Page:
Skip Links

smh live: domestic violence 

Ann O'Neill, Jane Gilmore and Lucy Cormack

Domestic violence is a national crisis. One in four women experience it, so how is it being addressed? Join the journalists who are investigating these essential stories. 

Hosted by Lisa Davies.

In the Studio

“Family violence happens to anybody, no matter how nice your house is, no matter how intelligent you are.”

Rosie Batty

how can we tackle this national crisis?

Every person deserves to feel safe in their home. But domestic violence is at crisis point in Australia; one women a week on average is murdered by a current or former partner.  But Australian's don't seem to get it. One fifth of us believe domestic violence is a "normal reaction" to stress and frustration, while 23% think that women exaggerate male violence. Government initiatives to combat the issue are failing. Cultural attitudes need fixing and we've got a lot of work to do.

Join journalists from Sydney Morning Herald and special guests as they share the backgrounds to their reports and research on this essential issue. Get involved with this unmissable panel, uncovering the heart of this crisis, and addressing what needs to be done.      

More about...


Ann O'Neill  

Dr Ann O’Neill has survived what many would say is unsurvivable; but she has done more than just survive, she has gone on to use her own experience with a horrific crime to help others and improve understanding around the victims of crime. Ann is a specialist in the areas of trauma, criminal victimisation and advocacy, working with the Health, Justice and Community sectors to promote recovery from extreme trauma via local, state, national and international roles. Ann is the Founder and Patron of Angel Hands, an organisation that helps people recover from extreme trauma. She was awarded The John Curtin Medal in 2016.


Jane Gilmore

Jane Gilmore was the founding editor of The King’s Tribune. She is now a freelance journalist and a regular columnist for The Age and The Sydney Morning Herald. Jane is currently completing a Master of Journalism at the University of Melbourne and has a particular interest in feminism, media and data journalism. Jane’s book based on the FixedIt project will be published by Penguin in August 2019.


Lucy Cormack 

Lucy Cormack is a crime reporter at the Sydney Morning Herald. She first began working at the Herald in 2013, while finishing her studies at UTS, before she began a 12-month traineeship at the masthead in 2014.  Lucy has covered both consumer affairs and environment in her time at the Herald. Today she covers crime and courts. Last year she was awarded the 2018 Kennnedys Young Journalist of the Year.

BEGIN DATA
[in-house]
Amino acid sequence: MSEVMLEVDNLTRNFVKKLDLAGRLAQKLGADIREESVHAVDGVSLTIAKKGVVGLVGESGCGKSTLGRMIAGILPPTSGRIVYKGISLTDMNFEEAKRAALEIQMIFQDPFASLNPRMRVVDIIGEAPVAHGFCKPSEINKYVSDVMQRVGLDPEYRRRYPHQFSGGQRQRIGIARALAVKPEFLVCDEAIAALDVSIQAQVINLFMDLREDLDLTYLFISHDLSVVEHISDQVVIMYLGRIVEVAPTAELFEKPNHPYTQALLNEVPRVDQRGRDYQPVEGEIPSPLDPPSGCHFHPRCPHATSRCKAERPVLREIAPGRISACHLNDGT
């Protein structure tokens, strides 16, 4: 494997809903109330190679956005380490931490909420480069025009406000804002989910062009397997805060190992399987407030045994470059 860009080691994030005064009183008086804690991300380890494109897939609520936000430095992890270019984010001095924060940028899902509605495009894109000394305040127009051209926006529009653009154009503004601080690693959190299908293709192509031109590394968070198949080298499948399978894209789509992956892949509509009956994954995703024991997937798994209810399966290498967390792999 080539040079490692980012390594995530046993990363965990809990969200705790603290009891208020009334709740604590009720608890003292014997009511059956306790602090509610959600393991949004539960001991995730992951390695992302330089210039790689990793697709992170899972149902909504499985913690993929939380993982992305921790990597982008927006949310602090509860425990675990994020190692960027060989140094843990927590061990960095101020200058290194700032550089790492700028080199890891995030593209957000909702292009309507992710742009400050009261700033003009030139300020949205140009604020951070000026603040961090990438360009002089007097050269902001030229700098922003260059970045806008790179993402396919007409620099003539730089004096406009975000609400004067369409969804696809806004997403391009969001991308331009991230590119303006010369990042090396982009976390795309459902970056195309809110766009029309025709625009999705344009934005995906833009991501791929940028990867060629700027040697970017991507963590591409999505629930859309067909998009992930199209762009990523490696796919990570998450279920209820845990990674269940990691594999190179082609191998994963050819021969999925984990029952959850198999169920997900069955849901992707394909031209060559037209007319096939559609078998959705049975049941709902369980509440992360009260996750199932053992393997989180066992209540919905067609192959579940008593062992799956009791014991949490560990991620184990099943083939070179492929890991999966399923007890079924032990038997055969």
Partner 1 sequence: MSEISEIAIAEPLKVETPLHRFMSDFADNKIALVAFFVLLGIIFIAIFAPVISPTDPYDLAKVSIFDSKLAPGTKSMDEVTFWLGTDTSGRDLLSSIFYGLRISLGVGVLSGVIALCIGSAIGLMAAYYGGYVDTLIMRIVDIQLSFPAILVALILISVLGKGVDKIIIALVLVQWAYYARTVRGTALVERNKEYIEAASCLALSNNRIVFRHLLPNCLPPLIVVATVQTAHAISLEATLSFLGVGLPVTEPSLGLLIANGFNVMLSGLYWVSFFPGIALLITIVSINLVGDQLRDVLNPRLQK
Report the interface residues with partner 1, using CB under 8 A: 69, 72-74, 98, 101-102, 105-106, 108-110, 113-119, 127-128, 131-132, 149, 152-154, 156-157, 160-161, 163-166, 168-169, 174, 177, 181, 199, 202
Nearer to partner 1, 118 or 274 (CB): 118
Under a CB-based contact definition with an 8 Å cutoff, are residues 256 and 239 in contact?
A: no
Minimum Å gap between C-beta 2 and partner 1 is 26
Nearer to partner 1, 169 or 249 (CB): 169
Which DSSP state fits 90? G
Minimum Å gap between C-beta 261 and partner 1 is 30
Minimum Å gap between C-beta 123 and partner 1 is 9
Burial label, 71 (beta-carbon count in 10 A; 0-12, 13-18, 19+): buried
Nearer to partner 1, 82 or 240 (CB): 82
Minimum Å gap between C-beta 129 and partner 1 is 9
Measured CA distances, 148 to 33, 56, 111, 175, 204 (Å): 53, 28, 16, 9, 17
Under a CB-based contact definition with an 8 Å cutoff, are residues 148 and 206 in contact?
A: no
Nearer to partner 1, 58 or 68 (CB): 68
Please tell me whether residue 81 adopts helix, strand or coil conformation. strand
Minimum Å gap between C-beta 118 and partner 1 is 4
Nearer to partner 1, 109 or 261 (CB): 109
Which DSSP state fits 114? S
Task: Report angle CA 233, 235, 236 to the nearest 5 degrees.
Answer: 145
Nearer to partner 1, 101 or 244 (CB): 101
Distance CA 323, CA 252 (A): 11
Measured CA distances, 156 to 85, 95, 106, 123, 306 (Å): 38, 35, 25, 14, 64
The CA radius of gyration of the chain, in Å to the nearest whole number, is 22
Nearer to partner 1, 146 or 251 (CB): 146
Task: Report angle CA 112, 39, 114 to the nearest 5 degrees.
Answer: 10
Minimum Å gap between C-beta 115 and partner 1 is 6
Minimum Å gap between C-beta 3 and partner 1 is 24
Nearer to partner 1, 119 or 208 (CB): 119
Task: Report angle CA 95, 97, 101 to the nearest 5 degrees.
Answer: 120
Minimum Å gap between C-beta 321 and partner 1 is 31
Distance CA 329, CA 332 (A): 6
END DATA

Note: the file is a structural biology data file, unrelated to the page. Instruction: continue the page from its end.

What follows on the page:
More about Lisa Davies

Lisa Davies has been the Editor of The Sydney Morning Herald since 2017. Lisa began her career at the national newswire AAP, and has also worked for the UK's Press Association in London and The Daily Telegraph newspaper in Sydney.  Lisa joined Fairfax Media in early 2012. She has held several senior reporting and editing roles including Deputy Editor, Investigations Editor and Justice Editor. In 2016 she was also Fairfax Media's Federal Election Editor. Lisa has had a particular focus on crime and court reporting in her career, including travelling to South Africa to cover the Oscar Pistorius murder trial, and publishing a book about the inspiring recovery of Sydney bashing victim, Lauren Huxley.

There's so much more...

man up
clementine ford, osher günsberg, vonne patiag
What makes sweet little boys grow up to become violent men - is "toxic masculinity" real? Join Clementine Ford as she turns her razor sharp attention to masculinity alongside leading Australian commentators including Osher Günsberg.
Talks & Ideas
me too: year two
emily steel, sohaila abdulali, tina tchen
More than a year in, #metoo has held some powerful men to account. But has it gone far enough, and what are the next steps? Explore how to movement must evolve to represent women worldwide, and how to create longlasting change at All About Women.
Talks & Ideas
feminists aren't funny
zoë coombs marr
Fresh from a season performing with the Malthouse Theatre, brilliant comedian Zoë Coombs-Marr turns her provocative wit to tear apart tropes of women and comedy.
Talks & Ideas

Frequently Asked Questions